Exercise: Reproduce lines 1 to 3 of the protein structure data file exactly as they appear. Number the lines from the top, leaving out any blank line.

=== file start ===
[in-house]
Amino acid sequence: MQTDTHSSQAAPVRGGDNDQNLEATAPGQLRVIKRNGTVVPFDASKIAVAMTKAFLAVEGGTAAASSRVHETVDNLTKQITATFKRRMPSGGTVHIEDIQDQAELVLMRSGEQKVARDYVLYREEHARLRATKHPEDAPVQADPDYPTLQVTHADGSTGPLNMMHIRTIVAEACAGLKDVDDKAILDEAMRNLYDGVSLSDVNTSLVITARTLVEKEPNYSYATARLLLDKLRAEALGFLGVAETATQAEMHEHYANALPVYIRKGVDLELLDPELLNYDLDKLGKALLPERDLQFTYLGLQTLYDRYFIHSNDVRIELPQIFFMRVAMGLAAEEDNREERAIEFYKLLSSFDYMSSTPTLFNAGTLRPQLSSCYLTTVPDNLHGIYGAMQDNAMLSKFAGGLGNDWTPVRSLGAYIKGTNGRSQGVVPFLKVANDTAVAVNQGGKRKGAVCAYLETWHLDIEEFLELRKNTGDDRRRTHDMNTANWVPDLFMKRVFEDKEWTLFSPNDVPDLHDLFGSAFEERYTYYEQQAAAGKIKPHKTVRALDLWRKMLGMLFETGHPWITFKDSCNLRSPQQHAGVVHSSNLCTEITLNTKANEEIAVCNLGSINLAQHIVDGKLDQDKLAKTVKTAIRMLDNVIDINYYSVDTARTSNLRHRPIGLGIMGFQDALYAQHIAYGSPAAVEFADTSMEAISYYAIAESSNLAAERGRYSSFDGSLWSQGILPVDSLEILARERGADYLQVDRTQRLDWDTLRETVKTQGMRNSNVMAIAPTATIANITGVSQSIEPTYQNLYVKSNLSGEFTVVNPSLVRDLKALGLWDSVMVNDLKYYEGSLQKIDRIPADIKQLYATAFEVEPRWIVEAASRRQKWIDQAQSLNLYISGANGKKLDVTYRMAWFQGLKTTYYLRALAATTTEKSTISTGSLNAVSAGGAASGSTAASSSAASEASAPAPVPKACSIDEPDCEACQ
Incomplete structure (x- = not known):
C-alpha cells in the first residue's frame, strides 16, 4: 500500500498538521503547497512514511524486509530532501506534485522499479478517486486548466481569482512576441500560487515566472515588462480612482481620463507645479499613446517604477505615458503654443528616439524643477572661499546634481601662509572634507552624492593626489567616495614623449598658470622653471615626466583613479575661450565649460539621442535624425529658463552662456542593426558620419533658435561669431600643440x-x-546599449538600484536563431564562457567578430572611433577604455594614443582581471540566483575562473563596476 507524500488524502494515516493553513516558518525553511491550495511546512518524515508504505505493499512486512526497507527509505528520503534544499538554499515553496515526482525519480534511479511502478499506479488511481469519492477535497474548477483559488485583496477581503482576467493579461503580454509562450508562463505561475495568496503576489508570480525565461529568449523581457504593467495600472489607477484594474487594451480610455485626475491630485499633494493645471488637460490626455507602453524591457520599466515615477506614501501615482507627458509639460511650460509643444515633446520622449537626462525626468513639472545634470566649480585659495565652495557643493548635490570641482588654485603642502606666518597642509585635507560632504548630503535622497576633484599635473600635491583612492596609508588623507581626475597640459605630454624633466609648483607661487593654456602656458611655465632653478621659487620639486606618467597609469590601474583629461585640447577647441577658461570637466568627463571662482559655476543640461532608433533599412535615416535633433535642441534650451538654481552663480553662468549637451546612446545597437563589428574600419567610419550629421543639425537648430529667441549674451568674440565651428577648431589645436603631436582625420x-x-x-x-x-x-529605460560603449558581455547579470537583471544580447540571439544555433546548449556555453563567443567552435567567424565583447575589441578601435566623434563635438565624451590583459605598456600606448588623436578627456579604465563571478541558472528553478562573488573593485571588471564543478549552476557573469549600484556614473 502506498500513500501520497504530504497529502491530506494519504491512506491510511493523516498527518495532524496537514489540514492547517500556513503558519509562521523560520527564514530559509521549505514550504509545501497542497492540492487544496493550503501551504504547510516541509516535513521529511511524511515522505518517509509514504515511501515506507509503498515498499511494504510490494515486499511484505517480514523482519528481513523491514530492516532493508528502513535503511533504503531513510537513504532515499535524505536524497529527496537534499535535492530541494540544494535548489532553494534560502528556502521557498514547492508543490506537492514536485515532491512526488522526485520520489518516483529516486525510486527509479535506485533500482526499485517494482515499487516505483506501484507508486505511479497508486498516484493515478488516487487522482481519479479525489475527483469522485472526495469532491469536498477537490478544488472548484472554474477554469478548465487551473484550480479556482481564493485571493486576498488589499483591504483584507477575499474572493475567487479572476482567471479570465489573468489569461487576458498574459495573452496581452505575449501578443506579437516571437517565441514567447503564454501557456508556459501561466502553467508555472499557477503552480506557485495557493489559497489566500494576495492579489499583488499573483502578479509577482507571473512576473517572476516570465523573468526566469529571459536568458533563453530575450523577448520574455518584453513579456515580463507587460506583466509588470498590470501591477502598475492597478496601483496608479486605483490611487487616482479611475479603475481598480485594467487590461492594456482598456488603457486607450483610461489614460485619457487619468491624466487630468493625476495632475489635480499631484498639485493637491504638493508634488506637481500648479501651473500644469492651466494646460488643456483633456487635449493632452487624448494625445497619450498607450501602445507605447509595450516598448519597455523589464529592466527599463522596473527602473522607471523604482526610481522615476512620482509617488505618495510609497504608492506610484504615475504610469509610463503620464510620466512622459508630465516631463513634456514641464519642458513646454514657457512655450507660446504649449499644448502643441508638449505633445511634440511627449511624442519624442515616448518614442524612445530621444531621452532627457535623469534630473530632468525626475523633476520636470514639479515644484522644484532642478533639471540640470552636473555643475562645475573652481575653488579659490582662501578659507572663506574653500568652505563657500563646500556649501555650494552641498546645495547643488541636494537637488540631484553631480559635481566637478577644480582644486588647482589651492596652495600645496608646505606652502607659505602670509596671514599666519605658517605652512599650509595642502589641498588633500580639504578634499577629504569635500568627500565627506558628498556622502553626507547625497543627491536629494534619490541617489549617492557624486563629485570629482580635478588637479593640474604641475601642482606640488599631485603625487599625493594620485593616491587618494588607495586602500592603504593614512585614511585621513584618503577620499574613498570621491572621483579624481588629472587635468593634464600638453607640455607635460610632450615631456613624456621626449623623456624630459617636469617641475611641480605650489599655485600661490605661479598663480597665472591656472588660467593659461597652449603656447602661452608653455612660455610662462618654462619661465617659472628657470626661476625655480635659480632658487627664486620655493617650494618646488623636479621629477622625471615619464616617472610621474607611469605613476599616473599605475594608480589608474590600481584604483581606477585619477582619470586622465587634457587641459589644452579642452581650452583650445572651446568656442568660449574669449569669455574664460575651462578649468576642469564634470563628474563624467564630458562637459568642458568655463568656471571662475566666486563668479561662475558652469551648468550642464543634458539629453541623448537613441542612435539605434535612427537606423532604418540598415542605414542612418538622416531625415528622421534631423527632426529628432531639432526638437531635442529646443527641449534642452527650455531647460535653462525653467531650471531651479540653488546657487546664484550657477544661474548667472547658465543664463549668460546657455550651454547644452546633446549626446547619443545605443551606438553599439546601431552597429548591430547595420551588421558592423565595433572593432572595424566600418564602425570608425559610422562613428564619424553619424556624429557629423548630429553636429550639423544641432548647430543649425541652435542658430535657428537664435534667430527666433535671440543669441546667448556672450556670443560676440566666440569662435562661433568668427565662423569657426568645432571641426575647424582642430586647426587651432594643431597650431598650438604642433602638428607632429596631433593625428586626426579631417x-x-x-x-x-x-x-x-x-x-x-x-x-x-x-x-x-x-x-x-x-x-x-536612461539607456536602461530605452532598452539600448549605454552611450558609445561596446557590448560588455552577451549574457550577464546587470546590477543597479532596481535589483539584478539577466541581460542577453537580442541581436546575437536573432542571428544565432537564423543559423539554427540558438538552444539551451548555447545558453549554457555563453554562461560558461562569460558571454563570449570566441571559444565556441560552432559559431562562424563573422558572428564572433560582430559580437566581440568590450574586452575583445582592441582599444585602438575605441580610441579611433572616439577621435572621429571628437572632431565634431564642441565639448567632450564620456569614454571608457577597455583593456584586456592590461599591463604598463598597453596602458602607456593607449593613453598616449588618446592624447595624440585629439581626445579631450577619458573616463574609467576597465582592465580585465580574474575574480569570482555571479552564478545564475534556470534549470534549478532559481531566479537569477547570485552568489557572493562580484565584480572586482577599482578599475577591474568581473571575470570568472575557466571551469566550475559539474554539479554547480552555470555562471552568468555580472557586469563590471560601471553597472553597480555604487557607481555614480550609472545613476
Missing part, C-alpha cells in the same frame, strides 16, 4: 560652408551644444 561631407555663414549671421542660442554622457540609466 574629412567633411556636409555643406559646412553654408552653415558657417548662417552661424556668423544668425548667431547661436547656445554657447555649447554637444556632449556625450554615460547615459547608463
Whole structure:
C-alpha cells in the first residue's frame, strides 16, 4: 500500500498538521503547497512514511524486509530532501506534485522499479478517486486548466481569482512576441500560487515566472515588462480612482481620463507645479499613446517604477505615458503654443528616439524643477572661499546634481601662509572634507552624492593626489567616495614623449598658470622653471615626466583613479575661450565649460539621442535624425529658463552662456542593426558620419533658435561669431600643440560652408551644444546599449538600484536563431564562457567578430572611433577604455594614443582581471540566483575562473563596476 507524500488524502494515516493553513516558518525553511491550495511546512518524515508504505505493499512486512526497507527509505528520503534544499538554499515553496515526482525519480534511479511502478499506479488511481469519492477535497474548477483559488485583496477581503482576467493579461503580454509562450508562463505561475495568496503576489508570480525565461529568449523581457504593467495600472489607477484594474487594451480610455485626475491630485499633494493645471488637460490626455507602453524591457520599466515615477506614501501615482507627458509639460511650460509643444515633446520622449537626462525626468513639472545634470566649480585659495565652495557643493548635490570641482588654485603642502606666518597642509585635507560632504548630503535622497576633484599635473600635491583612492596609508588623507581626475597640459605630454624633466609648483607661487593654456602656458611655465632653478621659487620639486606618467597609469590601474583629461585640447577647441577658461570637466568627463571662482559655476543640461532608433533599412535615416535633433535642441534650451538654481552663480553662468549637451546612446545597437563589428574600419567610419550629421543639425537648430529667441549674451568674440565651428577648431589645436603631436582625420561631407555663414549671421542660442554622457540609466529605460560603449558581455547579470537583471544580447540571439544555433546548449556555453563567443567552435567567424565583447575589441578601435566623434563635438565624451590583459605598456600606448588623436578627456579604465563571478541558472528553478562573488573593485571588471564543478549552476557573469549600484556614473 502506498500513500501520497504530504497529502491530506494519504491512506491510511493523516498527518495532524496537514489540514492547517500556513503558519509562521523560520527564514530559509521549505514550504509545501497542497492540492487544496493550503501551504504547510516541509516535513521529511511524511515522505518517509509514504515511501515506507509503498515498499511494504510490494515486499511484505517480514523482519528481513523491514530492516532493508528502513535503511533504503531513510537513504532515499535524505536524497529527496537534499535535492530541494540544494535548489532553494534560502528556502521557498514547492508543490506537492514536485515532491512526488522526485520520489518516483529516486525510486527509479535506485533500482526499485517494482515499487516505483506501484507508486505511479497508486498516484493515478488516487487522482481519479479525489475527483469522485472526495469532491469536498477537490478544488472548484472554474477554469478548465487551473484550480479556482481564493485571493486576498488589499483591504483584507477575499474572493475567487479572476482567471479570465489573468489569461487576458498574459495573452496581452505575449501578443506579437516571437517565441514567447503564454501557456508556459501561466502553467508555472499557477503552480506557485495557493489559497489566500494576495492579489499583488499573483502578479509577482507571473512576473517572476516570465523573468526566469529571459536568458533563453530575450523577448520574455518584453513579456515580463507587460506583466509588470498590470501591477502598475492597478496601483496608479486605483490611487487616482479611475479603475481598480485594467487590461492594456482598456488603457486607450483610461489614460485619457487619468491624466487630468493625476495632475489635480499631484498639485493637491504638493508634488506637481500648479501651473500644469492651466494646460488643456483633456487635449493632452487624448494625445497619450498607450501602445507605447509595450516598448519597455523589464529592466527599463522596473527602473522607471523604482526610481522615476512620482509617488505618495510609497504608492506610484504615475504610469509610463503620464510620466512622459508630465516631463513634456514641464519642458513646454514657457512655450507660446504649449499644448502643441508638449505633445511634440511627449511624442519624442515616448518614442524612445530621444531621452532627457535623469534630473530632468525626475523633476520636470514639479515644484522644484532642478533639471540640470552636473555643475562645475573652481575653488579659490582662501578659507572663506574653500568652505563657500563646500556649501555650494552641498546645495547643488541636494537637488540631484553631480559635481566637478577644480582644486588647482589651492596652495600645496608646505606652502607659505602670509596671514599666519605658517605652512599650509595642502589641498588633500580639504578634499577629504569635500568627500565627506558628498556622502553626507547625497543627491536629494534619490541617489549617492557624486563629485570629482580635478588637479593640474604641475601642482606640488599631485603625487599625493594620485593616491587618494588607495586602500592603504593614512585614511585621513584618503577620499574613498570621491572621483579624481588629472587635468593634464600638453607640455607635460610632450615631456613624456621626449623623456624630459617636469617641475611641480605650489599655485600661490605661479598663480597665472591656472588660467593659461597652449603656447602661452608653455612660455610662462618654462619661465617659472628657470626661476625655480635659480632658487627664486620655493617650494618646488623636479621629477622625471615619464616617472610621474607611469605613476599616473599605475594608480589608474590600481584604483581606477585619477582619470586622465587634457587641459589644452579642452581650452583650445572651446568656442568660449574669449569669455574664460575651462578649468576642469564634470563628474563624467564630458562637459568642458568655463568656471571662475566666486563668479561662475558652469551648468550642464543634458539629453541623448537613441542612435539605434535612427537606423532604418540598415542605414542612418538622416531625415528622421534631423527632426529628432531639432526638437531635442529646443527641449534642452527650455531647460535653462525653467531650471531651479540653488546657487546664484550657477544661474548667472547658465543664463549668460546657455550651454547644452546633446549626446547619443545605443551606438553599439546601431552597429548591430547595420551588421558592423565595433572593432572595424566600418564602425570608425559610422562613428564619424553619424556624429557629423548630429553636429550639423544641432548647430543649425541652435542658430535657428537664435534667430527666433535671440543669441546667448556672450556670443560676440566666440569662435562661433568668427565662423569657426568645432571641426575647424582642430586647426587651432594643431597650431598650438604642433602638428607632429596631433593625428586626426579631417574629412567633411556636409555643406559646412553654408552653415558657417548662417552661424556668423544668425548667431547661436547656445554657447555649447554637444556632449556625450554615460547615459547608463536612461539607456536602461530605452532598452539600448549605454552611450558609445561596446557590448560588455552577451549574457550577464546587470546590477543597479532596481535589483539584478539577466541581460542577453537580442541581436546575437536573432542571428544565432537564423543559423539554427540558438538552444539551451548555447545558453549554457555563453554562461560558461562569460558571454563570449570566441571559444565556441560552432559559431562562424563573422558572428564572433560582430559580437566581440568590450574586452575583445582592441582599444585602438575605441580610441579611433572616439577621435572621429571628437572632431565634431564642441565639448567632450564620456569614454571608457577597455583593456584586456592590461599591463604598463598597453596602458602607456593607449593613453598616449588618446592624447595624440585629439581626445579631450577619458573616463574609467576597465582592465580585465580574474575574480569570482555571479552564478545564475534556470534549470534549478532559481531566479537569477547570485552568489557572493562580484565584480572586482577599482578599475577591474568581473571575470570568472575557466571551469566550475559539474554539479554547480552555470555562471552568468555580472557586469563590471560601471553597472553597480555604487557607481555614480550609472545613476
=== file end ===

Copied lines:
[in-house]
Amino acid sequence: MQTDTHSSQAAPVRGGDNDQNLEATAPGQLRVIKRNGTVVPFDASKIAVAMTKAFLAVEGGTAAASSRVHETVDNLTKQITATFKRRMPSGGTVHIEDIQDQAELVLMRSGEQKVARDYVLYREEHARLRATKHPEDAPVQADPDYPTLQVTHADGSTGPLNMMHIRTIVAEACAGLKDVDDKAILDEAMRNLYDGVSLSDVNTSLVITARTLVEKEPNYSYATARLLLDKLRAEALGFLGVAETATQAEMHEHYANALPVYIRKGVDLELLDPELLNYDLDKLGKALLPERDLQFTYLGLQTLYDRYFIHSNDVRIELPQIFFMRVAMGLAAEEDNREERAIEFYKLLSSFDYMSSTPTLFNAGTLRPQLSSCYLTTVPDNLHGIYGAMQDNAMLSKFAGGLGNDWTPVRSLGAYIKGTNGRSQGVVPFLKVANDTAVAVNQGGKRKGAVCAYLETWHLDIEEFLELRKNTGDDRRRTHDMNTANWVPDLFMKRVFEDKEWTLFSPNDVPDLHDLFGSAFEERYTYYEQQAAAGKIKPHKTVRALDLWRKMLGMLFETGHPWITFKDSCNLRSPQQHAGVVHSSNLCTEITLNTKANEEIAVCNLGSINLAQHIVDGKLDQDKLAKTVKTAIRMLDNVIDINYYSVDTARTSNLRHRPIGLGIMGFQDALYAQHIAYGSPAAVEFADTSMEAISYYAIAESSNLAAERGRYSSFDGSLWSQGILPVDSLEILARERGADYLQVDRTQRLDWDTLRETVKTQGMRNSNVMAIAPTATIANITGVSQSIEPTYQNLYVKSNLSGEFTVVNPSLVRDLKALGLWDSVMVNDLKYYEGSLQKIDRIPADIKQLYATAFEVEPRWIVEAASRRQKWIDQAQSLNLYISGANGKKLDVTYRMAWFQGLKTTYYLRALAATTTEKSTISTGSLNAVSAGGAASGSTAASSSAASEASAPAPVPKACSIDEPDCEACQ
Incomplete structure (x- = not known):